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      Low-Molecular-Weight Heparin versus a Coumarin for the Prevention of Recurrent Venous Thromboembolism in Patients with Cancer

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          Abstract

          Patients with cancer have a substantial risk of recurrent thrombosis despite the use of oral anticoagulant therapy. We compared the efficacy of a low-molecular-weight heparin with that of an oral anticoagulant agent in preventing recurrent thrombosis in patients with cancer. Patients with cancer who had acute, symptomatic proximal deep-vein thrombosis, pulmonary embolism, or both were randomly assigned to receive low-molecular-weight heparin (dalteparin) at a dose of 200 IU per kilogram of body weight subcutaneously once daily for five to seven days and a coumarin derivative for six months (target international normalized ratio, 2.5) or dalteparin alone for six months (200 IU per kilogram once daily for one month, followed by a daily dose of approximately 150 IU per kilogram for five months). During the six-month study period, 27 of 336 patients in the dalteparin group had recurrent venous thromboembolism, as compared with 53 of 336 patients in the oral-anticoagulant group (hazard ratio, 0.48; P=0.002). The probability of recurrent thromboembolism at six months was 17 percent in the oral-anticoagulant group and 9 percent in the dalteparin group. No significant difference between the dalteparin group and the oral-anticoagulant group was detected in the rate of major bleeding (6 percent and 4 percent, respectively) or any bleeding (14 percent and 19 percent, respectively). The mortality rate at six months was 39 percent in the dalteparin group and 41 percent in the oral-anticoagulant group. In patients with cancer and acute venous thromboembolism, dalteparin was more effective than an oral anticoagulant in reducing the risk of recurrent thromboembolism without increasing the risk of bleeding. Copyright 2003 Massachusetts Medical Society

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          Appraisal of methods for the study of chemotherapy of cancer in man: Comparative therapeutic trial of nitrogen mustard and triethylene thiophosphoramide

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            Low-molecular-weight heparin in the treatment of patients with venous thromboembolism. The Columbus Investigators.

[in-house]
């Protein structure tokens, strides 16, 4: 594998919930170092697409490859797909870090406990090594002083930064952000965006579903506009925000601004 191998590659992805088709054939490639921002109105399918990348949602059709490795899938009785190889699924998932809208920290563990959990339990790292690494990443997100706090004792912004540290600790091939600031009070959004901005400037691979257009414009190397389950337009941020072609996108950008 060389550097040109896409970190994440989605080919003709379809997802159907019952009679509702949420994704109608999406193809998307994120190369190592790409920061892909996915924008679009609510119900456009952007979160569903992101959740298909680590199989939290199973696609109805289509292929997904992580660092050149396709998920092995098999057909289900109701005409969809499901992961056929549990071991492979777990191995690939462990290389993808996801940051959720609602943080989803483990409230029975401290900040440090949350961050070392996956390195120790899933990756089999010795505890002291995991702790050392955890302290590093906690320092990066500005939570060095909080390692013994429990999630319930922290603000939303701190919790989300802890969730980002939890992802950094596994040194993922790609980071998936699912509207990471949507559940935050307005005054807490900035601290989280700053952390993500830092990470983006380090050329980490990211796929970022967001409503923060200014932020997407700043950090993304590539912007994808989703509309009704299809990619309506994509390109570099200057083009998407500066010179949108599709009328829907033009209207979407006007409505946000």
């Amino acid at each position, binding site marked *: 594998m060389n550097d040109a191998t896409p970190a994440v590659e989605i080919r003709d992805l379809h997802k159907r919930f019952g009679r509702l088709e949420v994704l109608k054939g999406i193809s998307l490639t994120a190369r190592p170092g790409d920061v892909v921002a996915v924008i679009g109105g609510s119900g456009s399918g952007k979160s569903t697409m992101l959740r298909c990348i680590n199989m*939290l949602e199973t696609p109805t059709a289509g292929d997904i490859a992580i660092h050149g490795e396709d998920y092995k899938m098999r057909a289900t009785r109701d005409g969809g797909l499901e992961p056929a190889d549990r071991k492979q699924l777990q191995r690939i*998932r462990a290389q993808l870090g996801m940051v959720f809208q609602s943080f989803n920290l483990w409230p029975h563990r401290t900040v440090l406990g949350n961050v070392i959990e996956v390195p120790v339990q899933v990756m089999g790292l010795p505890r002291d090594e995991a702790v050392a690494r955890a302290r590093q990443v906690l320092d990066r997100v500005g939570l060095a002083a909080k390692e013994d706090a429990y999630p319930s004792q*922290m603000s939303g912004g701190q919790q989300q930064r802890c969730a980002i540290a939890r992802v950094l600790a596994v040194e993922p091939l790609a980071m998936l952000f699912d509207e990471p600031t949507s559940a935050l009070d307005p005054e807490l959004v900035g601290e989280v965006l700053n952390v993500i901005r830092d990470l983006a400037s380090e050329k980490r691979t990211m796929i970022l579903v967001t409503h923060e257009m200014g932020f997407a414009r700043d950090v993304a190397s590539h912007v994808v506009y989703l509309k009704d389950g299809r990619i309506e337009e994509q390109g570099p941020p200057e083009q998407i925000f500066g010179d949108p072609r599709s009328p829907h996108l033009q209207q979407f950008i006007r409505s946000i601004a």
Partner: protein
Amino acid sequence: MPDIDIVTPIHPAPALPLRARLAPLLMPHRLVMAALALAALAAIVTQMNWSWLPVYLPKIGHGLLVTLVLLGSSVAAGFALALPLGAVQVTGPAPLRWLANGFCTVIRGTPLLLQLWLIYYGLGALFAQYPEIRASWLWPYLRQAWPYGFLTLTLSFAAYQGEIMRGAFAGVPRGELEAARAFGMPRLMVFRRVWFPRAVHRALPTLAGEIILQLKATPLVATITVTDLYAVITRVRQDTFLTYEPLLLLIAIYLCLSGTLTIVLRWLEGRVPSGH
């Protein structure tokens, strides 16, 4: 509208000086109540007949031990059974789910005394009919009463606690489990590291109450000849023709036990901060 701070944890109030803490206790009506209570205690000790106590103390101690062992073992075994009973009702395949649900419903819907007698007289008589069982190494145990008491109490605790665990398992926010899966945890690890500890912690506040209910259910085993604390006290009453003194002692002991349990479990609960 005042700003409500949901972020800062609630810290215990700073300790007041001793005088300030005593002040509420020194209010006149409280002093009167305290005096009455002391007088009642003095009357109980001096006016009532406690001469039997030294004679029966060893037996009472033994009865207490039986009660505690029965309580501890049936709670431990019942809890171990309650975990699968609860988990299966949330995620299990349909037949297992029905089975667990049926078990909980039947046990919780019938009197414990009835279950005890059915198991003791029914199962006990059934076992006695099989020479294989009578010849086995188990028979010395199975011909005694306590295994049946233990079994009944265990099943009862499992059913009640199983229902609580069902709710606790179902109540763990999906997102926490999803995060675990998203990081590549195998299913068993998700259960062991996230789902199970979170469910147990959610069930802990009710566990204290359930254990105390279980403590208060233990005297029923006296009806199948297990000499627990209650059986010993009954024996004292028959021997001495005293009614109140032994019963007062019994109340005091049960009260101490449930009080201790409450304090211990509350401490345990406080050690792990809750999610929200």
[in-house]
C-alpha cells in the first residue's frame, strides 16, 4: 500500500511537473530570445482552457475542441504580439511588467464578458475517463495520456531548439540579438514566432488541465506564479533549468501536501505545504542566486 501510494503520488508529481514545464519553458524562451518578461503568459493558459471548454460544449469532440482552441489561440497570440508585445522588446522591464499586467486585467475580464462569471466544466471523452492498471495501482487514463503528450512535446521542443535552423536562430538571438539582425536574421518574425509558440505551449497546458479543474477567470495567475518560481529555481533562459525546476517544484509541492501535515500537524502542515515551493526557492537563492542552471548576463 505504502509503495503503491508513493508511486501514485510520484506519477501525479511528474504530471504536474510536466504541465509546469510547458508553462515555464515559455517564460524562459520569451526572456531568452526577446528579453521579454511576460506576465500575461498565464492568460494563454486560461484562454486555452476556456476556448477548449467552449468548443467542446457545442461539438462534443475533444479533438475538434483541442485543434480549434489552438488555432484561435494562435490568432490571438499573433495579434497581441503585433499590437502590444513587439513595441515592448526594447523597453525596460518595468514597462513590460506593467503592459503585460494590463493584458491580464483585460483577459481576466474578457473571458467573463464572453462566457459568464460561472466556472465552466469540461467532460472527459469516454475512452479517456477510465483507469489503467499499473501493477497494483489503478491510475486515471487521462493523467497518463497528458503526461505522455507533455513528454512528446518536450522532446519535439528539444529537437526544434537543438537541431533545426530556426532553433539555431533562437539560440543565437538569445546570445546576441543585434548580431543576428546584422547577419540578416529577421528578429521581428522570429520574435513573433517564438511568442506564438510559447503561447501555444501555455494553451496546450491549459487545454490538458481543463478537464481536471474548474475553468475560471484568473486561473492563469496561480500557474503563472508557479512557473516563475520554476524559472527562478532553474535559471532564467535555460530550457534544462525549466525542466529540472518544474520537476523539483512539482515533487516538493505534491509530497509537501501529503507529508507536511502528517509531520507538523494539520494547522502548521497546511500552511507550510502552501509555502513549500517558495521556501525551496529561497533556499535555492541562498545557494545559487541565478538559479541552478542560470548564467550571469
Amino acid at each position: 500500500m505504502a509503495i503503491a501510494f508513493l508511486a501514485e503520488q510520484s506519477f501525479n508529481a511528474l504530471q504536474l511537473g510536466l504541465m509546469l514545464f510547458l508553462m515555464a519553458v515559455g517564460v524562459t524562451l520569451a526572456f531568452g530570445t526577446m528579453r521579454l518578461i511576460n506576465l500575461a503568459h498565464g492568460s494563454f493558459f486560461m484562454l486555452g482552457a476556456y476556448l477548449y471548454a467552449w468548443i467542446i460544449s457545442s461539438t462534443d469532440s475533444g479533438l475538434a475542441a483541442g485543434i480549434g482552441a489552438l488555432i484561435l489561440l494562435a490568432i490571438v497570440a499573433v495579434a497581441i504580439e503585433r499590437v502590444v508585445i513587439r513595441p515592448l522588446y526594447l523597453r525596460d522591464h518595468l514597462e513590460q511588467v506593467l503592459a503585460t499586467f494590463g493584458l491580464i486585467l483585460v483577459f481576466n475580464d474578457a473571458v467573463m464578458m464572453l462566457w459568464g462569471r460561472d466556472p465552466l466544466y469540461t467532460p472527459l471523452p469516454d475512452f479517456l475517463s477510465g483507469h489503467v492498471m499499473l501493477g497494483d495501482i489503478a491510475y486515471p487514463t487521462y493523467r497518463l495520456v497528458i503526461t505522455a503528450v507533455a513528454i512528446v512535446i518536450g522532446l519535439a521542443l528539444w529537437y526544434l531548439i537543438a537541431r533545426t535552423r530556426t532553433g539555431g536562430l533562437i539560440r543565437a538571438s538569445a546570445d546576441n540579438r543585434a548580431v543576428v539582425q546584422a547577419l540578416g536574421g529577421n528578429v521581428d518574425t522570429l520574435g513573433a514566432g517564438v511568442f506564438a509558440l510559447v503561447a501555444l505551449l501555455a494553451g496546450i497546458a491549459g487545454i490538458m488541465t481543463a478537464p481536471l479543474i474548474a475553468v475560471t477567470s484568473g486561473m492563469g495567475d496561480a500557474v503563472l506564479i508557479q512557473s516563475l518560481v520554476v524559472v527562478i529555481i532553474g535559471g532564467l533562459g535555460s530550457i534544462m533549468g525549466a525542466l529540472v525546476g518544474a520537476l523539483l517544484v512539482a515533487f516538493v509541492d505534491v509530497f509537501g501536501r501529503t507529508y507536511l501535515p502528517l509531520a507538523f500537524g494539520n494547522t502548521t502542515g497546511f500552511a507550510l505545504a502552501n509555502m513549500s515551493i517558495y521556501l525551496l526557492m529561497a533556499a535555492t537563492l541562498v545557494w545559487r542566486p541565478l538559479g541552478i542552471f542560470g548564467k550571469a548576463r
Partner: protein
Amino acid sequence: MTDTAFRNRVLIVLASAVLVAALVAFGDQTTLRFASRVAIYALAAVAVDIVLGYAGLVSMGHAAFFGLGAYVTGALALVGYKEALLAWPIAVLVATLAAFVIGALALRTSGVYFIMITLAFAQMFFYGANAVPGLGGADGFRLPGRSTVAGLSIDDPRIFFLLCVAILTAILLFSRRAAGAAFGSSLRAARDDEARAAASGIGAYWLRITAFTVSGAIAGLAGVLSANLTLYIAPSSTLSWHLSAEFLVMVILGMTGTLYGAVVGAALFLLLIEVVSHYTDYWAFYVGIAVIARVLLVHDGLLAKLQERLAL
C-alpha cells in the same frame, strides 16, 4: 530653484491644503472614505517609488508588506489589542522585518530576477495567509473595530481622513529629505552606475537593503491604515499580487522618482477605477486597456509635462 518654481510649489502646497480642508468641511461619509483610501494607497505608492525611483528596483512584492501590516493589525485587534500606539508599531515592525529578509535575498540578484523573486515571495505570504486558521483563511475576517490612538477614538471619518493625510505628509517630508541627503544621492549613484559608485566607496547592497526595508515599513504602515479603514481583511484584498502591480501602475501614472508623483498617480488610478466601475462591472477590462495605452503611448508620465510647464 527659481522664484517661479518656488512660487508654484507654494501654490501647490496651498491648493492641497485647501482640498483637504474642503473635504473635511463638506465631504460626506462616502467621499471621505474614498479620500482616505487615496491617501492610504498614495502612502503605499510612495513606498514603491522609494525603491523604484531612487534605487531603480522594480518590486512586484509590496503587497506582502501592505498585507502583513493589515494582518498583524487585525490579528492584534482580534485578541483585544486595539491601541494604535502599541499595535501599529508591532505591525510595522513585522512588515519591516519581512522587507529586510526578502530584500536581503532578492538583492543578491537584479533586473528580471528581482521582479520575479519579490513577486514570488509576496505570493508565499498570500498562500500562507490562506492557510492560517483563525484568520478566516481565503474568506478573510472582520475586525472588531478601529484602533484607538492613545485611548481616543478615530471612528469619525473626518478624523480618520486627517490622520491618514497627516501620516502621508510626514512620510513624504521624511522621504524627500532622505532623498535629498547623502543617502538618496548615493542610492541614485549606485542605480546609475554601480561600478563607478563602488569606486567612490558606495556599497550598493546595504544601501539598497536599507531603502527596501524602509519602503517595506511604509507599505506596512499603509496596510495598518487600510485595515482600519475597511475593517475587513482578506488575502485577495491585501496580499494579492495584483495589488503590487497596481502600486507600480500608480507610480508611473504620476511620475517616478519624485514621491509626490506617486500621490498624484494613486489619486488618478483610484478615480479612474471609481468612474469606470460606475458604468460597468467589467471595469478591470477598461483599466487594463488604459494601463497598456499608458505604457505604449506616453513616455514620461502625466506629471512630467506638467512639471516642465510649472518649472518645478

Low-molecular-weight heparin is known to be safe and effective for the initial treatment of patients with proximal deep-vein thrombosis. However, its application to pulmonary embolism or previous episodes of thromboembolism has not been studied. We randomly assigned 1021 patients with symptomatic venous thromboembolism to fixed-dose, subcutaneous low-molecular-weight heparin (reviparin sodium) or adjusted-dose, intravenous unfractionated heparin. Oral anticoagulant therapy with a coumarin derivative was started concomitantly and continued for 12 weeks. Approximately one third of the patients had associated pulmonary embolism. The outcome events studied over the 12 weeks were symptomatic recurrent venous thromboembolism, major bleeding, and death. We sought to determine whether low-molecular-weight heparin is at least equivalent to unfractionated heparin in patients with venous thromboembolism. Twenty-seven of the 510 patients assigned to low-molecular-weight heparin (5.3 percent) had recurrent thromboembolic events, as compared with 25 of the 511 patients assigned to unfractionated heparin (4.9 percent). The difference of 0.4 percentage point indicates that the two therapies have equivalent value according to our predetermined definition of equivalence. Sixteen patients assigned to low-molecular-weight heparin (3.1 percent) and 12 patients assigned to unfractionated heparin (2.3 percent) had episodes of major bleeding (P= 0.63), and the mortality rates in the two groups were 7.1 percent and 7.6 percent, respectively (P=0.89). Fixed-dose, subcutaneous low-molecular-weight heparin is as effective and safe as adjusted-dose, intravenous unfractionated heparin for the initial management of venous thromboembolism, regardless of whether the patient has pulmonary embolism or a history of venous thromboembolism.
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              Comparison of Low-Molecular-Weight Heparin and Warfarin for the Secondary Prevention of Venous Thromboembolism in Patients With Cancer

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                Author and article information

                Journal
                New England Journal of Medicine
                N Engl J Med
                Massachusetts Medical Society
                0028-4793
                1533-4406
                July 10 2003
                July 10 2003
                : 349
                : 2
                : 146-153
                Article
                10.1056/NEJMoa025313
                12853587
                © 2003
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